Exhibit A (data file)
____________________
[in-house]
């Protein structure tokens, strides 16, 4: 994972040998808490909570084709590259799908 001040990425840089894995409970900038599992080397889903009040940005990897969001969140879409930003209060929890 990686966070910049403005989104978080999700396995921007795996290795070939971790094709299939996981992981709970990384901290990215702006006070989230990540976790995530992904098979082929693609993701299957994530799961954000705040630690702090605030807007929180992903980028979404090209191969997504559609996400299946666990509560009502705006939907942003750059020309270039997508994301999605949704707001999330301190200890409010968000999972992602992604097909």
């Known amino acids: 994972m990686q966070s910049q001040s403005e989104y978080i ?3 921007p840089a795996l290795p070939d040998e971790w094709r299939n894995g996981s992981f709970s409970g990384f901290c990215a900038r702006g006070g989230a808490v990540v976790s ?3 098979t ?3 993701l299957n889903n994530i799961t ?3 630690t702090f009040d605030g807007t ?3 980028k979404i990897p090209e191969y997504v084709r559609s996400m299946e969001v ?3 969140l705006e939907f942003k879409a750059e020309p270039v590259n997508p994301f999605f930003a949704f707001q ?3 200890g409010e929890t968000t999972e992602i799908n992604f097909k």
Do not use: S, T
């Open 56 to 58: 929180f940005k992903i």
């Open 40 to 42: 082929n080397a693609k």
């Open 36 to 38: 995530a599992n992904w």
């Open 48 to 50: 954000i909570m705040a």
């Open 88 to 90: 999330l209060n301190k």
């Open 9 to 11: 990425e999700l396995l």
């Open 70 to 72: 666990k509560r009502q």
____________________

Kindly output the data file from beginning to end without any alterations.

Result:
[in-house]
């Protein structure tokens, strides 16, 4: 994972040998808490909570084709590259799908 001040990425840089894995409970900038599992080397889903009040940005990897969001969140879409930003209060929890 990686966070910049403005989104978080999700396995921007795996290795070939971790094709299939996981992981709970990384901290990215702006006070989230990540976790995530992904098979082929693609993701299957994530799961954000705040630690702090605030807007929180992903980028979404090209191969997504559609996400299946666990509560009502705006939907942003750059020309270039997508994301999605949704707001999330301190200890409010968000999972992602992604097909």
């Known amino acids: 994972m990686q966070s910049q001040s403005e989104y978080i ?3 921007p840089a795996l290795p070939d040998e971790w094709r299939n894995g996981s992981f709970s409970g990384f901290c990215a900038r702006g006070g989230a808490v990540v976790s ?3 098979t ?3 993701l299957n889903n994530i799961t ?3 630690t702090f009040d605030g807007t ?3 980028k979404i990897p090209e191969y997504v084709r559609s996400m299946e969001v ?3 969140l705006e939907f942003k879409a750059e020309p270039v590259n997508p994301f999605f930003a949704f707001q ?3 200890g409010e929890t968000t999972e992602i799908n992604f097909k």
Do not use: S, T
């Open 56 to 58: 929180f940005k992903i």
């Open 40 to 42: 082929n080397a693609k």
């Open 36 to 38: 995530a599992n992904w």
């Open 48 to 50: 954000i909570m705040a």
């Open 88 to 90: 999330l209060n301190k």
């Open 9 to 11: 990425e999700l396995l």
């Open 70 to 72: 666990k509560r009502q």